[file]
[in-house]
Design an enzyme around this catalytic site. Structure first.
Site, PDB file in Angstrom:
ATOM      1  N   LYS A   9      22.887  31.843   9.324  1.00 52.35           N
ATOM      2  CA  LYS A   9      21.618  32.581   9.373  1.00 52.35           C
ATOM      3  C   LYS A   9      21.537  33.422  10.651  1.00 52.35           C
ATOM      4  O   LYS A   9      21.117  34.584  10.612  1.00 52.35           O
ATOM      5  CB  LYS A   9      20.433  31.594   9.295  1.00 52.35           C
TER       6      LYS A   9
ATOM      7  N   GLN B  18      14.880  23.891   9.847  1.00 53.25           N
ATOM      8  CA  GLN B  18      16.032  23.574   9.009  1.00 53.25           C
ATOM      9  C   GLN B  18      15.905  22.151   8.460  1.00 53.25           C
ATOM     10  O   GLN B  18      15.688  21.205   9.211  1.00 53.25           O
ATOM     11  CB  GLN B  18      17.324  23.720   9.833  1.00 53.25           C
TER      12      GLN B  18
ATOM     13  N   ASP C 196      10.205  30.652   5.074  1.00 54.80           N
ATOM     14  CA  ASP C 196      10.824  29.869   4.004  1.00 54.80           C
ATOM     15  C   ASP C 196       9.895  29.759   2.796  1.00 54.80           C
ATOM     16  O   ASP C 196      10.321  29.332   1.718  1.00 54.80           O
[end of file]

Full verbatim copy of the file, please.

[in-house]
Design an enzyme around this catalytic site. Structure first.
Site, PDB file in Angstrom:
ATOM      1  N   LYS A   9      22.887  31.843   9.324  1.00 52.35           N
ATOM      2  CA  LYS A   9      21.618  32.581   9.373  1.00 52.35           C
ATOM      3  C   LYS A   9      21.537  33.422  10.651  1.00 52.35           C
ATOM      4  O   LYS A   9      21.117  34.584  10.612  1.00 52.35           O
ATOM      5  CB  LYS A   9      20.433  31.594   9.295  1.00 52.35           C
TER       6      LYS A   9
ATOM      7  N   GLN B  18      14.880  23.891   9.847  1.00 53.25           N
ATOM      8  CA  GLN B  18      16.032  23.574   9.009  1.00 53.25           C
ATOM      9  C   GLN B  18      15.905  22.151   8.460  1.00 53.25           C
ATOM     10  O   GLN B  18      15.688  21.205   9.211  1.00 53.25           O
ATOM     11  CB  GLN B  18      17.324  23.720   9.833  1.00 53.25           C
TER      12      GLN B  18
ATOM     13  N   ASP C 196      10.205  30.652   5.074  1.00 54.80           N
ATOM     14  CA  ASP C 196      10.824  29.869   4.004  1.00 54.80           C
ATOM     15  C   ASP C 196       9.895  29.759   2.796  1.00 54.80           C
ATOM     16  O   ASP C 196      10.321  29.332   1.718  1.00 54.80           O